Guilford County’s plan to take on an additional $1.7 billion in debt hit a bump in the road at the North Carolina Local Government Commission (LGC) meeting on Thursday, Sept. 22.

Rather than approving the $1.7 billion in school bonds passed by the voters of Guilford County in the May 26 primary election, the LGC tabled the item and asked for more information.

The LGC, chaired by NC State Treasurer Dale Folwell, must approve the issuance of debt by local governments.  It is the responsibility of the LGC to determine if “the amount being borrowed is adequate and reasonable for the projects and is an amount the unit can reasonably afford to repay,” according to the LGC website.

The press release from the North Carolina Department of the State Treasurer states, “However, LGC members had questions about the county taking on more debt, how it would be paid back and whether falling school enrollment trends justify the need.  A $300 million bond package was approved in 2020.  While voters approved the $1.7 billion in bonds in May, they rejected a referendum to raise sales taxes to pay for it.  The county plans to use property taxes instead.  School officials said schools in some areas are overcrowded and are badly deteriorating.  In tabling the matter, the commission directed county officials to respond in 10 days with enrollment numbers.”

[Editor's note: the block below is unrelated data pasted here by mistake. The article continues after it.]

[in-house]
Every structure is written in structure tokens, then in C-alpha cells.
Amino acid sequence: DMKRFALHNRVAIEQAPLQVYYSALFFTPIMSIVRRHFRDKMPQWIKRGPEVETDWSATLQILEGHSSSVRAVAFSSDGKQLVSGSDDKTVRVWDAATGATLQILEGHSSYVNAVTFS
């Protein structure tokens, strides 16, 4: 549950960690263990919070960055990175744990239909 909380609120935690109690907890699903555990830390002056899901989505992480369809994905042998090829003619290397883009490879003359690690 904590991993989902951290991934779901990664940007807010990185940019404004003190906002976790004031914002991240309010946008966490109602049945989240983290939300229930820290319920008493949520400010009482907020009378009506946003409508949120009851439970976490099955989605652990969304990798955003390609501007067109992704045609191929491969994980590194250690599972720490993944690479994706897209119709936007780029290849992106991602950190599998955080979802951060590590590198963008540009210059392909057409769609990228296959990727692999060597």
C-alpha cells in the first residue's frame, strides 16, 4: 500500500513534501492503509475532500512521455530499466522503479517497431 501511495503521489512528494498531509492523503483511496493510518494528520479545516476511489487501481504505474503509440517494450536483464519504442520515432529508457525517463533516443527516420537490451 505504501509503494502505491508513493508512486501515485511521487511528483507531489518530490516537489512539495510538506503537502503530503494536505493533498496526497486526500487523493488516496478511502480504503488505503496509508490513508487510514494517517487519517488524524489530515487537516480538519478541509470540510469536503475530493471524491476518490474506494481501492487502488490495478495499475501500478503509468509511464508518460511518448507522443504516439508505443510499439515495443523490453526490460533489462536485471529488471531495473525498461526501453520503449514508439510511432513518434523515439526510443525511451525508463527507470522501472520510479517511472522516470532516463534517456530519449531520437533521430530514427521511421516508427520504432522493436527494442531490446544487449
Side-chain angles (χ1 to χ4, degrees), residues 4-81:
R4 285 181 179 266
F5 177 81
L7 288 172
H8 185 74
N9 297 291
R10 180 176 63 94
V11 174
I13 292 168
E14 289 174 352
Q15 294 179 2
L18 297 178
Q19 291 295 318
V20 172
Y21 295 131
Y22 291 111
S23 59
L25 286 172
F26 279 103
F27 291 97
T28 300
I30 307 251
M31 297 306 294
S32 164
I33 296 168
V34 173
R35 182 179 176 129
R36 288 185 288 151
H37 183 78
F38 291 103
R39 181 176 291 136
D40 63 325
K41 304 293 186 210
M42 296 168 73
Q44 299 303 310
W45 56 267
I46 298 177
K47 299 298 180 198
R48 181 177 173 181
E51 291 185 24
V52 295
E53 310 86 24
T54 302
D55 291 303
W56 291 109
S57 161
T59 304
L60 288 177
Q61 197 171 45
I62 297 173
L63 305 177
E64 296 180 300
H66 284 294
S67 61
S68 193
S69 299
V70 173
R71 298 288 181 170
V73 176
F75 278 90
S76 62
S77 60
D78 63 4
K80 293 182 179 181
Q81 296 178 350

The press release notes that the $1.7 billion is planned to be used “to build three new schools, demolish and rebuild 19 schools, fully renovate 12 schools and invest about $363 million in safety and technology upgrades.  No tax increase is expected.  The school system now has 126 schools and more than 300 buildings.”

Guilford County Schools enrollment dropped from 73,407 in 2015 to 69,580 in 2021. Enrollment figures are based on the 20th day enrollment.

Greensboro City Councilmember Nancy Hoffmann is a member of the LGC but did not attend the Sept. 22 meeting.